I am often asked whether I get involved when I see a wild animal suffering or dying. As much as possible, I try and be a “fly on the wall” and not get involved in the natural process of life and death in the wild. But, to be fully transparent, of course I rescue wild animals from time to time. I have put eagles back in a tree after a big blow, pulled drowning baby elephant seals out of the surf zone and in this case, pulled this dying baby King Penguin chick out of this hole in the ice. At this stage of life, “Oakum Boys” cannot allow their downy feathers to get wet as it will prove fatal. It shook off the water and waddled back to the colony. As we move forward with @sea_legacy we will not be looking to rescue one animal at a time but to protect entire ecosystems through Marine Protected Areas. #MPA #nature #gratitude #wildlife #follow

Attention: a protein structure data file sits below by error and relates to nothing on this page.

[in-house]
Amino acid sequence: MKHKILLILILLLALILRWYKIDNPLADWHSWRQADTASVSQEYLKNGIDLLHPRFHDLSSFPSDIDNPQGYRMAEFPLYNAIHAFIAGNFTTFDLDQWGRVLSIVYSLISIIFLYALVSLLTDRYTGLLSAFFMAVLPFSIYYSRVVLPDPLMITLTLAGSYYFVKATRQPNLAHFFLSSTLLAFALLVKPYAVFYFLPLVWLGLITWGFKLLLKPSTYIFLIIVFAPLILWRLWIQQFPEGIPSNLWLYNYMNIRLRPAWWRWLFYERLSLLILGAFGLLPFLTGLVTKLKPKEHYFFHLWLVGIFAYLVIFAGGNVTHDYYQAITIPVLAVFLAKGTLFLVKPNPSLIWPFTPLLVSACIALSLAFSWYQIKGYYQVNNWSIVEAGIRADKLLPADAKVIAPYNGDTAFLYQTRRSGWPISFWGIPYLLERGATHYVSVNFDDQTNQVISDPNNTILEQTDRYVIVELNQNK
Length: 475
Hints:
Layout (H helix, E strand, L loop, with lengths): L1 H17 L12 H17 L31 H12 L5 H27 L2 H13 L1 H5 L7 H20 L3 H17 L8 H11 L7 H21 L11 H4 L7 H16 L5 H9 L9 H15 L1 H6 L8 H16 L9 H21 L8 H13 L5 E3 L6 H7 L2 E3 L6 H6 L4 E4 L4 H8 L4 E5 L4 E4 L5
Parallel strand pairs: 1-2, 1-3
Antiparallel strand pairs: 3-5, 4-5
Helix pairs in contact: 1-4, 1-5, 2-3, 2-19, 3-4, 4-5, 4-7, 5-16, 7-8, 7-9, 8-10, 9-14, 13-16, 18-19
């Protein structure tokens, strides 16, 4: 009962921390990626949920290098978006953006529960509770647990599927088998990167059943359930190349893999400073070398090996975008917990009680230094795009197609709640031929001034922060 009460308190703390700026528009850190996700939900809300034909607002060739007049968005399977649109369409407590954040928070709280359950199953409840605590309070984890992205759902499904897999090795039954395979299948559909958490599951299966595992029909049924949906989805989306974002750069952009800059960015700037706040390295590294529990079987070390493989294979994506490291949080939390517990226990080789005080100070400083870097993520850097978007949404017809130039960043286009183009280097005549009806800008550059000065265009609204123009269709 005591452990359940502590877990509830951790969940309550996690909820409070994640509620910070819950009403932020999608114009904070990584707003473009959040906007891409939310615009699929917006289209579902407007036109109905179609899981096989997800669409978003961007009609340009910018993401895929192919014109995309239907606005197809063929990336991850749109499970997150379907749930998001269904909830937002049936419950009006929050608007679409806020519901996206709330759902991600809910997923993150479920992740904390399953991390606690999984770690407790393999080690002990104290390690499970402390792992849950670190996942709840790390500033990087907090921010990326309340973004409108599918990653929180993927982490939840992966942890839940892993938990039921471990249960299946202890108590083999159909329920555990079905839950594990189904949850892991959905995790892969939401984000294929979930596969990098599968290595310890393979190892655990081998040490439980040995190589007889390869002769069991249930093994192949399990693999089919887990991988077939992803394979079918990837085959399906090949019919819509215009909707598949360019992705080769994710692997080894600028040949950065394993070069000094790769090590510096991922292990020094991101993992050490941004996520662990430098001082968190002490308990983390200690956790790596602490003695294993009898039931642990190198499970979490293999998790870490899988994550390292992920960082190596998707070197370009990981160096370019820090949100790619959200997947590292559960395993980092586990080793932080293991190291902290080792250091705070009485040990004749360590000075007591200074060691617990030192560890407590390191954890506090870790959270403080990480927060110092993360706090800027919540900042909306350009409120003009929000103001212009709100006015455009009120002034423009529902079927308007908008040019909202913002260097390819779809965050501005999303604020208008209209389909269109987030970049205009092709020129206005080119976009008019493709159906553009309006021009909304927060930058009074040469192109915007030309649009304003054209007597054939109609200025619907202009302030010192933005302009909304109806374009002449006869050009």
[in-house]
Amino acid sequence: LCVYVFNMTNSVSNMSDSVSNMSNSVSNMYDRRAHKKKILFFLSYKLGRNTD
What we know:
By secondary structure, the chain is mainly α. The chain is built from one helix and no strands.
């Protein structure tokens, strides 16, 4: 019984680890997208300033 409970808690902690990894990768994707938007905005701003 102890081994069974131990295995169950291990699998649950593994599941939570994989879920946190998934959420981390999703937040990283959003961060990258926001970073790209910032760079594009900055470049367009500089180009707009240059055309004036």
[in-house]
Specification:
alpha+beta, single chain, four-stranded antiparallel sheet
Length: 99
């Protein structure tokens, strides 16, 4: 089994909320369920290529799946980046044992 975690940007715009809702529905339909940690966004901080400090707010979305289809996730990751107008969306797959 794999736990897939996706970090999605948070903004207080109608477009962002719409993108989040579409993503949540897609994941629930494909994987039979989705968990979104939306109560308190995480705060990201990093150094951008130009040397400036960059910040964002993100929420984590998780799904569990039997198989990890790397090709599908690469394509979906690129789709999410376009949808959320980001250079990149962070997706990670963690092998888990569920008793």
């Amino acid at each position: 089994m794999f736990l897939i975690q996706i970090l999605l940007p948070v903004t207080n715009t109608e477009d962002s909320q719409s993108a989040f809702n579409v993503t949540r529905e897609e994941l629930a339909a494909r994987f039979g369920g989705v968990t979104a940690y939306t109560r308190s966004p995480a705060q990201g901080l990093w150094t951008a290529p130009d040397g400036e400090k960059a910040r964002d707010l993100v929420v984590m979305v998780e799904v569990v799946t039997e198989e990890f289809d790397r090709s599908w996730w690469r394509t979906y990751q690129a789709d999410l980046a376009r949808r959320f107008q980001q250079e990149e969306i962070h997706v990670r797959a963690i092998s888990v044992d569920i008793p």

A post shared by Paul Nicklen (@paulnicklen) on

iPhone photography